A Shan politician says he refused to join an army investigation into the killing of a civilian and others wounded by Burma Army soldiers in northern Shan State because the investigation would be flawed.
Sai Tun Win, a parliamentarian for Kyaukme Township, told SHAN the Burma Army did not allow him to invite the media when they visited the village in Hai Kwee village-tract where the civilian was killed. And they went there fully armed.
A resident of Pang Kyin said the military column was providing security for a brigade commander and several high-ranking officials, including the township’s general administration officer. They travelled to the village this Wednesday (July 15) to purportedly investigate the charges against soldiers from IB 23, IB 22 and IB 147 for killing Long Su, an elderly farmer, and wounding two other civilians.
Sai Kyaw, from Kyaukme town, says because they didn’t allow the media to cover it “there is no transparency” with this investigation. In addition, the arrival of heavily armed soldiers is threatening to civilians, who are already traumatized after Tatmadaw soldiers killed and wounded fellow villagers. The presence of the Burma Army column, he says, could have sparked fresh clashes with the Restoration Council of Shan State/Shan State Army (RCSS/SSA).
Only a day earlier, dozens of villagers took refuge in a Buddhist monastery after fighting broke out between the Burma Army and RCSS/SSA near their village in Loi Sawnt village-tract.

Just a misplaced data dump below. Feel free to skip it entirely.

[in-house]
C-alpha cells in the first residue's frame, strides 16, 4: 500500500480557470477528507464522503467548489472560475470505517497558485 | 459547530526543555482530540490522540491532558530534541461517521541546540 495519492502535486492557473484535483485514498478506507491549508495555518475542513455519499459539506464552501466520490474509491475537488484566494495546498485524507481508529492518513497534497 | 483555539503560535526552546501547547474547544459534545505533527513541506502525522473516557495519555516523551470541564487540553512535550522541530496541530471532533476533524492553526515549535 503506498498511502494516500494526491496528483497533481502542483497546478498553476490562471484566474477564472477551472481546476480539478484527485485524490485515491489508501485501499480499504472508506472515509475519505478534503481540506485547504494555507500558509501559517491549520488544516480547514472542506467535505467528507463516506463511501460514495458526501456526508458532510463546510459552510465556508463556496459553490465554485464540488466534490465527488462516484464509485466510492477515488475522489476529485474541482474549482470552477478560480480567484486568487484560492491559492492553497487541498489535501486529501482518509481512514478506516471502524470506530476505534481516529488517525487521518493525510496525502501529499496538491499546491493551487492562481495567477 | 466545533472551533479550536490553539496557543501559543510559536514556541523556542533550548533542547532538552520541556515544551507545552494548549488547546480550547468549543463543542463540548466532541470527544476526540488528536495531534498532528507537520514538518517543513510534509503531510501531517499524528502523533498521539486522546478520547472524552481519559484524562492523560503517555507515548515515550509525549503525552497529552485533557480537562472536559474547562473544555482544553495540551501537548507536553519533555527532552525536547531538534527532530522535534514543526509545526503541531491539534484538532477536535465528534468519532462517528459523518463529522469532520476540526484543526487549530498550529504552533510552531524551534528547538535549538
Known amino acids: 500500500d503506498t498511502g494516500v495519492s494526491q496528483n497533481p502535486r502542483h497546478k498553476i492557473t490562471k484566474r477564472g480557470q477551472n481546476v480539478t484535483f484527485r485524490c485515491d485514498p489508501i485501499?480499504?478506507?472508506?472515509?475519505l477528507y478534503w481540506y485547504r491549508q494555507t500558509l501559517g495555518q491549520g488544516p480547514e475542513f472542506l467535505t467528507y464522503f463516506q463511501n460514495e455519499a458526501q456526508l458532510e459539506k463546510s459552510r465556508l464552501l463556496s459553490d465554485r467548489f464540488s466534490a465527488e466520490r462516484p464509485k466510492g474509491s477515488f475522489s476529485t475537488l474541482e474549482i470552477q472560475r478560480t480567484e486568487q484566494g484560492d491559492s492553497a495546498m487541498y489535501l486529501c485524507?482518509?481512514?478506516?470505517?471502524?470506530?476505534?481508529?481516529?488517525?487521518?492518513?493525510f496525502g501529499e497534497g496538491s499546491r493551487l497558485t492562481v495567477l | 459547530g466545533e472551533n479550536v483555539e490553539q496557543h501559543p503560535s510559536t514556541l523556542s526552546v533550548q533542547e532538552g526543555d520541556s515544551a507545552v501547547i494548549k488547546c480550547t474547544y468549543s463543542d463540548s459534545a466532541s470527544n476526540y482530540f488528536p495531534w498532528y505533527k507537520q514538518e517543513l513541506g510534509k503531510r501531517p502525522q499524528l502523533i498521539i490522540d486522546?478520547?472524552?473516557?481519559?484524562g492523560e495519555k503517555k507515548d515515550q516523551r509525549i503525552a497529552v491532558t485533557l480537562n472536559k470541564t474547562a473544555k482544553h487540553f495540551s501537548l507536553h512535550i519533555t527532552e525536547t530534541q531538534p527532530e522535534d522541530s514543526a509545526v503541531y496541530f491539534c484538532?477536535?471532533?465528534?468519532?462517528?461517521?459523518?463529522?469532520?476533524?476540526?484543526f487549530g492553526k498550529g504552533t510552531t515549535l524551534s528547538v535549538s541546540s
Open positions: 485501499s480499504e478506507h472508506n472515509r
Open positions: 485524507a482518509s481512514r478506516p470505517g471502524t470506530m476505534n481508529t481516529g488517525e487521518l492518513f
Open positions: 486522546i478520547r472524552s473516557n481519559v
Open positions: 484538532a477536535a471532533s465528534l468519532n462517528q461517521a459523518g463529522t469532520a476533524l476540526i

From June 25-29, civilians in Kyaukme Township fled their homes during fighting between the Burma Army and RCSS/SSA. Long Su was shot and killed on June 29 by Tatmadaw soldiers. Nang Seng, from the same village, was also shot by the Burma Army and survived the attack. Sai Aik Maung, from Akee village, was beaten unconscious by soldiers and hospitalized.
On July 10, over 10,000 civilians, carrying banners with pictures of Long Su, Nang Seng and Sai Aik Maung peacefully protested in the town of Kyaukme. Police tried to prevent out of town protesters from joining by erecting barricades, but later allowed them in.
The same day, Sai Than Maung, Jotika and Aria were charged for leading the protest under section 19 of the Peaceful Assembly and Peaceful Procession Law and section 18 of the Communicable Disease Prevention Law.